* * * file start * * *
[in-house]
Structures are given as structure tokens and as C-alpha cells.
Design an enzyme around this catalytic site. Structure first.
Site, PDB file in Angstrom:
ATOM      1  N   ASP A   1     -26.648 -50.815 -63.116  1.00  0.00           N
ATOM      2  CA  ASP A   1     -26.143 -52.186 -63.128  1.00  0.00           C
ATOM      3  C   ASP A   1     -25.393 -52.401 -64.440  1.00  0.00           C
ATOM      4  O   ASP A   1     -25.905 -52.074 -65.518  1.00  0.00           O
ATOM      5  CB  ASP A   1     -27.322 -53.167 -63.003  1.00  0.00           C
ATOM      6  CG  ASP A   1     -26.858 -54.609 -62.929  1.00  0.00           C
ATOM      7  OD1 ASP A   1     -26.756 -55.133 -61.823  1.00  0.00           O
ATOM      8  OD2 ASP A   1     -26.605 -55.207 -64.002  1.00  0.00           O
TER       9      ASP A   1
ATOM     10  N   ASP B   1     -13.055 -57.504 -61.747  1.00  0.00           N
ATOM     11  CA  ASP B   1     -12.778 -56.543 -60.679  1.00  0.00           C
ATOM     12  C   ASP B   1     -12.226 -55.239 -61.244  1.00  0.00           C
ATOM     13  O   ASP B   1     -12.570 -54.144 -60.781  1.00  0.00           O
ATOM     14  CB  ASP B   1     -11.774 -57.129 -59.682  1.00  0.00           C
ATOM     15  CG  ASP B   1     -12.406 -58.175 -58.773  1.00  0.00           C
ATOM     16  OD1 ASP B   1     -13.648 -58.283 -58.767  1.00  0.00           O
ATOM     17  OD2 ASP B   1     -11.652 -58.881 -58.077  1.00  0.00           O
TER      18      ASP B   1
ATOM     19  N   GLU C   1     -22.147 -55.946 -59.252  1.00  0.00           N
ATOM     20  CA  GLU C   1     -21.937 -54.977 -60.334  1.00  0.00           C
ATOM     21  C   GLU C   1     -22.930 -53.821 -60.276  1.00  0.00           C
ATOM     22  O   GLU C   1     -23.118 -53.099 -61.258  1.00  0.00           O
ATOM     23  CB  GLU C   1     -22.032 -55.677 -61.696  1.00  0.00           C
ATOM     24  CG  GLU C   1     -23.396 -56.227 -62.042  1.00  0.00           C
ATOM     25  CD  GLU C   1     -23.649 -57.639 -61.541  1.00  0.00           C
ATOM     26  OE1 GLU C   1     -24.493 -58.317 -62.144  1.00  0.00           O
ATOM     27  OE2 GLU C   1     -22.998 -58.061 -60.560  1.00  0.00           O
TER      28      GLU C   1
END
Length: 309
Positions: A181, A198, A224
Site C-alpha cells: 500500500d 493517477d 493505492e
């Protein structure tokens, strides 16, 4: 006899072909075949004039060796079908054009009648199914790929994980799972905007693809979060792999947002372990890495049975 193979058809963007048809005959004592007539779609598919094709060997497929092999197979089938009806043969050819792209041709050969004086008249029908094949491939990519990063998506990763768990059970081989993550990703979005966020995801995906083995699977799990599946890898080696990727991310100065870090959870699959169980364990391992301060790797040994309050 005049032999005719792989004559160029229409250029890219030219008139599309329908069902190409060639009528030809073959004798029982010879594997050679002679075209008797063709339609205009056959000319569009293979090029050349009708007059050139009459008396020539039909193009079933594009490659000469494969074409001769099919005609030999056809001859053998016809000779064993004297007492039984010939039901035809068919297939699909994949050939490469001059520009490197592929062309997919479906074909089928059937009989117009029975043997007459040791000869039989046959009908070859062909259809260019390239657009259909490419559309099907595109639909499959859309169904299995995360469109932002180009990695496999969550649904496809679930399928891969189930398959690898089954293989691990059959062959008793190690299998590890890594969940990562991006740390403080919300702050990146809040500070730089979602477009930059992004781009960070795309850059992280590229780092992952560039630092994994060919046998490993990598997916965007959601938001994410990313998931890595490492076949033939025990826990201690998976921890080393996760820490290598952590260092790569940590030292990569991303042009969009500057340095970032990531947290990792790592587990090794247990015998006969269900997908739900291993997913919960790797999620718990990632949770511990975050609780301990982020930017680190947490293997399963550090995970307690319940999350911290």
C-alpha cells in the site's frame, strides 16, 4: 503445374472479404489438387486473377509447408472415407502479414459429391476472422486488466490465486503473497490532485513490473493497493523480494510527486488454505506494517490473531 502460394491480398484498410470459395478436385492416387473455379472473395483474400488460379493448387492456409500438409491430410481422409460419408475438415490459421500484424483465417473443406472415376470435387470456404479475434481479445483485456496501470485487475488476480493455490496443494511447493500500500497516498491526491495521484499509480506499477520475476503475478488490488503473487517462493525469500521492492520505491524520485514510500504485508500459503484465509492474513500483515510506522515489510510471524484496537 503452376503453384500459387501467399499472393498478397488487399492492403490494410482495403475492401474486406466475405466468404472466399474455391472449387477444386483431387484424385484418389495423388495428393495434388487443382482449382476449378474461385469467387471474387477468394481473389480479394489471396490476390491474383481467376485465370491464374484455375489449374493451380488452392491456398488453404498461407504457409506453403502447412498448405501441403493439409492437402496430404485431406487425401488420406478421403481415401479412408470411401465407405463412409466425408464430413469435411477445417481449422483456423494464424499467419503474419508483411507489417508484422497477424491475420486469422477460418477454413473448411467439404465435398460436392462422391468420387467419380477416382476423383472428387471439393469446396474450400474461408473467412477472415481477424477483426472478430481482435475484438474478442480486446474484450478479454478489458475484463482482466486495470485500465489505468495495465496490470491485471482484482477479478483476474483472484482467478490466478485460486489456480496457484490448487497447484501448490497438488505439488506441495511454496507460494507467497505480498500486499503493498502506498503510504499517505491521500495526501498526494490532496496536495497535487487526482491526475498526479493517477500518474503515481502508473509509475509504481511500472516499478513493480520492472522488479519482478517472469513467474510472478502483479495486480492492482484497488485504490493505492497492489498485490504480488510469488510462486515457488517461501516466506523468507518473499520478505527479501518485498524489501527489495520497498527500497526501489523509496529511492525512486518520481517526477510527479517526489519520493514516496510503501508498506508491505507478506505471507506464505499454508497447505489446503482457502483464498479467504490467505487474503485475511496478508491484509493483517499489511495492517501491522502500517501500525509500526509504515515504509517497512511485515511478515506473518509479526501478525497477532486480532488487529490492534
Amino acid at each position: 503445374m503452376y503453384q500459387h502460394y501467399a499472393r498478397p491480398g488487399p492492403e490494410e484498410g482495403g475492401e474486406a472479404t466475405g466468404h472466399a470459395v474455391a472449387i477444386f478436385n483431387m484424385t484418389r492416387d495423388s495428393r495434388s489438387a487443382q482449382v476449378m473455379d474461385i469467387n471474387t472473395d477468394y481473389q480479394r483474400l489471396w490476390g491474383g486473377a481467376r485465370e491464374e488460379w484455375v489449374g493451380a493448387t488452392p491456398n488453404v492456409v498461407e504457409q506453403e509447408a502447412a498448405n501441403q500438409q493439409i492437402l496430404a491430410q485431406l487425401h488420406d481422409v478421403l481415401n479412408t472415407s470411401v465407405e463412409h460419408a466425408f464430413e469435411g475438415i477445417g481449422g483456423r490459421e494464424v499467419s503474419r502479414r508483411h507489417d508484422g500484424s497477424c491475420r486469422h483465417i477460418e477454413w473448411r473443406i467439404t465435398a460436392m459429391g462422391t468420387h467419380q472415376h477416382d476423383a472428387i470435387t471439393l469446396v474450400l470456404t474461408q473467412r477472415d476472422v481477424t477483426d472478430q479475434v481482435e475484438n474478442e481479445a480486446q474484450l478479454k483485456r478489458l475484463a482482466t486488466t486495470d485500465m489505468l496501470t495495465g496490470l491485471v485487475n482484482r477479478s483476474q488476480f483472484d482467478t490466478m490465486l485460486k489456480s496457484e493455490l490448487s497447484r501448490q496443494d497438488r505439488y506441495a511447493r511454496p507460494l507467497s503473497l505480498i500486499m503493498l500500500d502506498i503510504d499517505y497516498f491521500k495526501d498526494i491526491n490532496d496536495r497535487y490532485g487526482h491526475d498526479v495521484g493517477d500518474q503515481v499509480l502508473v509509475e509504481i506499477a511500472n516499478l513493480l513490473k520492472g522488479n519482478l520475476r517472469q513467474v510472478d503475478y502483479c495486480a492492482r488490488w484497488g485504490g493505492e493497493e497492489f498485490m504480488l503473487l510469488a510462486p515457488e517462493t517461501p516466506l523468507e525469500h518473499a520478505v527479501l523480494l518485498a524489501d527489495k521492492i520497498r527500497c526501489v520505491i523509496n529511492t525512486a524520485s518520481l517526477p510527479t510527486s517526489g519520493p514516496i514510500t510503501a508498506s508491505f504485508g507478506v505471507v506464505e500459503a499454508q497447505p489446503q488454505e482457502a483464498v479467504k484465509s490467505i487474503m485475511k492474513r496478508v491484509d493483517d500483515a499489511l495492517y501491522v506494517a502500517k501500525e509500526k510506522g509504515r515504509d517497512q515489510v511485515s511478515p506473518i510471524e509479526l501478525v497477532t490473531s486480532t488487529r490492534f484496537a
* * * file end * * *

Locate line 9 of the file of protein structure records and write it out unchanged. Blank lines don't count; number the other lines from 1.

ATOM      5  CB  ASP A   1     -27.322 -53.167 -63.003  1.00  0.00           C